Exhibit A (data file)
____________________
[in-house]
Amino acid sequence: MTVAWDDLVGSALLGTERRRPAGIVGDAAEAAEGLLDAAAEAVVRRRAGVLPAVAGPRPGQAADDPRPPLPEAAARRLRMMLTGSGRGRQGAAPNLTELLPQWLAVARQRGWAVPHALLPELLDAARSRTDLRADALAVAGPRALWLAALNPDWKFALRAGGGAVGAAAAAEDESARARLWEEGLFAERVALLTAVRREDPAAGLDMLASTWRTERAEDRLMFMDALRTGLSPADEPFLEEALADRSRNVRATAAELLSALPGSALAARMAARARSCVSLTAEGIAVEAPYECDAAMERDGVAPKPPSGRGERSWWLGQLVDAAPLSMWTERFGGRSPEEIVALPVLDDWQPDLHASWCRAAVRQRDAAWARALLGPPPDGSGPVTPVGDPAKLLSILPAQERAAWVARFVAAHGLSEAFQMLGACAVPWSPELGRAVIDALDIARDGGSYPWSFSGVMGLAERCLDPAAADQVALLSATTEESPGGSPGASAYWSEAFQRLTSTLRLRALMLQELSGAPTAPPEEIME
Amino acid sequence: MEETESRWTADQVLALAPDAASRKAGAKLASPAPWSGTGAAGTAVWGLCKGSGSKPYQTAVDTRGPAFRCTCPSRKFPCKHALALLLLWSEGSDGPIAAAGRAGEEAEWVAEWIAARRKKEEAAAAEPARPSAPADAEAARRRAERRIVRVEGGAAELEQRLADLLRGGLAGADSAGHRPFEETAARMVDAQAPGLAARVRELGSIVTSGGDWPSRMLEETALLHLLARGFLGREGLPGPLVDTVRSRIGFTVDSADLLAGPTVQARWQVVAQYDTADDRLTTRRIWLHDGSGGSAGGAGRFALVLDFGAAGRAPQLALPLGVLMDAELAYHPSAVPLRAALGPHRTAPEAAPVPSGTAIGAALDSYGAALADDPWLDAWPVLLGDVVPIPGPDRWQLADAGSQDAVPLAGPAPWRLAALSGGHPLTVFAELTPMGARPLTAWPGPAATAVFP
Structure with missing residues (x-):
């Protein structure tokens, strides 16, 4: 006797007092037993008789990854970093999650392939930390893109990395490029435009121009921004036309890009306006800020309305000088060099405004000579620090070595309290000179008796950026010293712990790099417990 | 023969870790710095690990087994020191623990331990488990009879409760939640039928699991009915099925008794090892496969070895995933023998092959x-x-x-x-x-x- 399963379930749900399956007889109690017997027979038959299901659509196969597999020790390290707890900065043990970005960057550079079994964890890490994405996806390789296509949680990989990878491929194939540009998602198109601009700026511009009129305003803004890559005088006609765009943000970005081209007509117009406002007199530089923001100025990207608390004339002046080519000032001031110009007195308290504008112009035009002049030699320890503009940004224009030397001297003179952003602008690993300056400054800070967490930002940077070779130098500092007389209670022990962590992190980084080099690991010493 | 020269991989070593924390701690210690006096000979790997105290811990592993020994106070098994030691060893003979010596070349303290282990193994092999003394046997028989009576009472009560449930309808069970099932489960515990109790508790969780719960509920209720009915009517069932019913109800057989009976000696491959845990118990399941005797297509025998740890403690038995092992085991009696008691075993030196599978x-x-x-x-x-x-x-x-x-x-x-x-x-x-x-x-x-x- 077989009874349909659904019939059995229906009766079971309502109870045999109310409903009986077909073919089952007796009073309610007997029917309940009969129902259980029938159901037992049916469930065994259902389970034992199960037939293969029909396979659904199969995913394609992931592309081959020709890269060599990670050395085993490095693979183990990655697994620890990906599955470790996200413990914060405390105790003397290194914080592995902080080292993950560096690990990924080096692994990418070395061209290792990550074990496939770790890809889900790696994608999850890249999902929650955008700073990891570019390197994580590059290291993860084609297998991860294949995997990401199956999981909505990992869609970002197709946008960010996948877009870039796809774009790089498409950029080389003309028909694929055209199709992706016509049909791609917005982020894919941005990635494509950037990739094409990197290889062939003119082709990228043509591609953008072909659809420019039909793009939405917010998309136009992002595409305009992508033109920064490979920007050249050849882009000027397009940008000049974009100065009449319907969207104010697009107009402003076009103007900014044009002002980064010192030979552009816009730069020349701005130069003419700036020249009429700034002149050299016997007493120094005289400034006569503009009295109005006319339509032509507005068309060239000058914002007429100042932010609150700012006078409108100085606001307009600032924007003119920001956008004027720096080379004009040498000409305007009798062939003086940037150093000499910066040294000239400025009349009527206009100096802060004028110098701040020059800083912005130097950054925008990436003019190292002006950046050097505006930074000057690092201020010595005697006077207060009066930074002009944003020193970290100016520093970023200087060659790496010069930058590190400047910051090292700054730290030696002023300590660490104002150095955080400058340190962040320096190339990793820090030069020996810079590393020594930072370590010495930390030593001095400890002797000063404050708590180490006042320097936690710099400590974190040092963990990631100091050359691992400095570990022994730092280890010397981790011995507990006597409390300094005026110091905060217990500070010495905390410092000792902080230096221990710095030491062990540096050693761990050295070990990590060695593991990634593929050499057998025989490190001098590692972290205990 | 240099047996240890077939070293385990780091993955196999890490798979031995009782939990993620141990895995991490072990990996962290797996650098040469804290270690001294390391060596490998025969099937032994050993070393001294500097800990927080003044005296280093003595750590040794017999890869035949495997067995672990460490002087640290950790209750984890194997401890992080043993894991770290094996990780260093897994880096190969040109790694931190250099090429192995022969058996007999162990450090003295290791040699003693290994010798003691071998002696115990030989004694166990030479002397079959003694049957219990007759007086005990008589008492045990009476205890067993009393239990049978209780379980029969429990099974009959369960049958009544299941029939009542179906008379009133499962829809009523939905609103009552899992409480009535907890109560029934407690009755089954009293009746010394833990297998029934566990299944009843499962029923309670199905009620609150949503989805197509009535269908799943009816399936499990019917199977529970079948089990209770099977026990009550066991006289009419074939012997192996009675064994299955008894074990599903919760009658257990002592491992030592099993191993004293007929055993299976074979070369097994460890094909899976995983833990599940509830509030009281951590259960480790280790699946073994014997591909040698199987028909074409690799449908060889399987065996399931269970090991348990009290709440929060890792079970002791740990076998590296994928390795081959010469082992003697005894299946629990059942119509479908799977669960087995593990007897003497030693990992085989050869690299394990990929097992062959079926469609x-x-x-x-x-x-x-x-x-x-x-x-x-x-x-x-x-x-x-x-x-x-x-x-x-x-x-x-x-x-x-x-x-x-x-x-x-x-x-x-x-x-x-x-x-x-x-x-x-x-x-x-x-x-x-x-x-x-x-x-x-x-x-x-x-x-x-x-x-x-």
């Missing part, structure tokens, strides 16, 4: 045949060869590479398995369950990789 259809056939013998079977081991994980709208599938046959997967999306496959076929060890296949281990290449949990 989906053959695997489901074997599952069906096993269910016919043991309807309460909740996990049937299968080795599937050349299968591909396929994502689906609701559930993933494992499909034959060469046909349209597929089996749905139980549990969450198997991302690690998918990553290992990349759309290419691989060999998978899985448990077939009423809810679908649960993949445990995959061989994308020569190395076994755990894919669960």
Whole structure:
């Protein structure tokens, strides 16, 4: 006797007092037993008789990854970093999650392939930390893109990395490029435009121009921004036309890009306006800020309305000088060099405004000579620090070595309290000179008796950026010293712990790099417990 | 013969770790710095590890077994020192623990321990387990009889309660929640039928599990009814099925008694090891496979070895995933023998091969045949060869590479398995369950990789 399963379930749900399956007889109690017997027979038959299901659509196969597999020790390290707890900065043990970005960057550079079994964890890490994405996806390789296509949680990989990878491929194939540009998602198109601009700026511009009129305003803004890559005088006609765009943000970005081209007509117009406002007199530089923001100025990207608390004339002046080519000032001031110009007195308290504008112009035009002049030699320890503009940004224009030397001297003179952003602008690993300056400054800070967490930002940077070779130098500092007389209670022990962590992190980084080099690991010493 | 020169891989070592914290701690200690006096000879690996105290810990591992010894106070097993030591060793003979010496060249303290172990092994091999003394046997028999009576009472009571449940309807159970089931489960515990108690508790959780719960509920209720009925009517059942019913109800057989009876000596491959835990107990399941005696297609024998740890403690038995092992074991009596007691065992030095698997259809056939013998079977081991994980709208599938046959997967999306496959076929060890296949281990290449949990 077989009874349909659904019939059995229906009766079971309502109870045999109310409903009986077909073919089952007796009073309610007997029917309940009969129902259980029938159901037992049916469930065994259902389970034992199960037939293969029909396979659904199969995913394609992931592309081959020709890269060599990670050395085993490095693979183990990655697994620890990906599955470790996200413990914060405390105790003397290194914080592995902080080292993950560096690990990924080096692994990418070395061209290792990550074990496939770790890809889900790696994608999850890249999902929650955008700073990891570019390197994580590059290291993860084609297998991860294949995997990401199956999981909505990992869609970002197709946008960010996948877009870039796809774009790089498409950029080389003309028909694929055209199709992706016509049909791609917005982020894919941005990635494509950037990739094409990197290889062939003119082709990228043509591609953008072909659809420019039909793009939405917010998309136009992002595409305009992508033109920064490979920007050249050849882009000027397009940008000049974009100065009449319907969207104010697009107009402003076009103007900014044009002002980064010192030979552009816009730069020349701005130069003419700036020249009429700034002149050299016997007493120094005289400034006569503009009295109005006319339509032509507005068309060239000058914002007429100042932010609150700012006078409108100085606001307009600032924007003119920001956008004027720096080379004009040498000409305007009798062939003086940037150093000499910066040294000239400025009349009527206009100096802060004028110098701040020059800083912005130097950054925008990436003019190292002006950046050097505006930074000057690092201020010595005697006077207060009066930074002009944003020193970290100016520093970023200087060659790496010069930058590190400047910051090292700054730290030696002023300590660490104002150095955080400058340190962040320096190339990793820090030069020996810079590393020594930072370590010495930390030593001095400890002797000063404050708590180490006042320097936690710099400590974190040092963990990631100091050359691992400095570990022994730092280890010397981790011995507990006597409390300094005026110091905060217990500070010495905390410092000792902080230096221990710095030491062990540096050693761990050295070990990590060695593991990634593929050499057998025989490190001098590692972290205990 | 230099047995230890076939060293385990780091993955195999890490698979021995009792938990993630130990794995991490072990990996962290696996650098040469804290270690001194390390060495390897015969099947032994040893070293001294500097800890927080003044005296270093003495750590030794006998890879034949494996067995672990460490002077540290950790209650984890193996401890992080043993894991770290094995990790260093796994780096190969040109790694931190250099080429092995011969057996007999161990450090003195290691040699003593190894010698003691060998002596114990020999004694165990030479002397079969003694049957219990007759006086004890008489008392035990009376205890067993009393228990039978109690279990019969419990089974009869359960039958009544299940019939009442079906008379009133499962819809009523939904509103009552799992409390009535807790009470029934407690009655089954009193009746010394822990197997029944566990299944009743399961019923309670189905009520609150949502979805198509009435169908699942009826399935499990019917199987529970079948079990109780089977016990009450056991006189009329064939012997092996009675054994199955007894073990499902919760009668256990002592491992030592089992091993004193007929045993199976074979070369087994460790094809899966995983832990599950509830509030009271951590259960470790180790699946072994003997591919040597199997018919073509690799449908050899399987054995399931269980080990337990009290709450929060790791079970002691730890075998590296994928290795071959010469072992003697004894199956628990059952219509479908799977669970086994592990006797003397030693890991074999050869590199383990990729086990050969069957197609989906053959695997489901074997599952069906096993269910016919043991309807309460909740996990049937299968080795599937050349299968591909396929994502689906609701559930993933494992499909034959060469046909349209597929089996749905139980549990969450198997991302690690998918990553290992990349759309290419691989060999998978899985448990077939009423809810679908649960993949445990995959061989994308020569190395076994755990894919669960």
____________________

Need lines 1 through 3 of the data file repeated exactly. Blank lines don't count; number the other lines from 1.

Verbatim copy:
[in-house]
Amino acid sequence: MTVAWDDLVGSALLGTERRRPAGIVGDAAEAAEGLLDAAAEAVVRRRAGVLPAVAGPRPGQAADDPRPPLPEAAARRLRMMLTGSGRGRQGAAPNLTELLPQWLAVARQRGWAVPHALLPELLDAARSRTDLRADALAVAGPRALWLAALNPDWKFALRAGGGAVGAAAAAEDESARARLWEEGLFAERVALLTAVRREDPAAGLDMLASTWRTERAEDRLMFMDALRTGLSPADEPFLEEALADRSRNVRATAAELLSALPGSALAARMAARARSCVSLTAEGIAVEAPYECDAAMERDGVAPKPPSGRGERSWWLGQLVDAAPLSMWTERFGGRSPEEIVALPVLDDWQPDLHASWCRAAVRQRDAAWARALLGPPPDGSGPVTPVGDPAKLLSILPAQERAAWVARFVAAHGLSEAFQMLGACAVPWSPELGRAVIDALDIARDGGSYPWSFSGVMGLAERCLDPAAADQVALLSATTEESPGGSPGASAYWSEAFQRLTSTLRLRALMLQELSGAPTAPPEEIME
Amino acid sequence: MEETESRWTADQVLALAPDAASRKAGAKLASPAPWSGTGAAGTAVWGLCKGSGSKPYQTAVDTRGPAFRCTCPSRKFPCKHALALLLLWSEGSDGPIAAAGRAGEEAEWVAEWIAARRKKEEAAAAEPARPSAPADAEAARRRAERRIVRVEGGAAELEQRLADLLRGGLAGADSAGHRPFEETAARMVDAQAPGLAARVRELGSIVTSGGDWPSRMLEETALLHLLARGFLGREGLPGPLVDTVRSRIGFTVDSADLLAGPTVQARWQVVAQYDTADDRLTTRRIWLHDGSGGSAGGAGRFALVLDFGAAGRAPQLALPLGVLMDAELAYHPSAVPLRAALGPHRTAPEAAPVPSGTAIGAALDSYGAALADDPWLDAWPVLLGDVVPIPGPDRWQLADAGSQDAVPLAGPAPWRLAALSGGHPLTVFAELTPMGARPLTAWPGPAATAVFP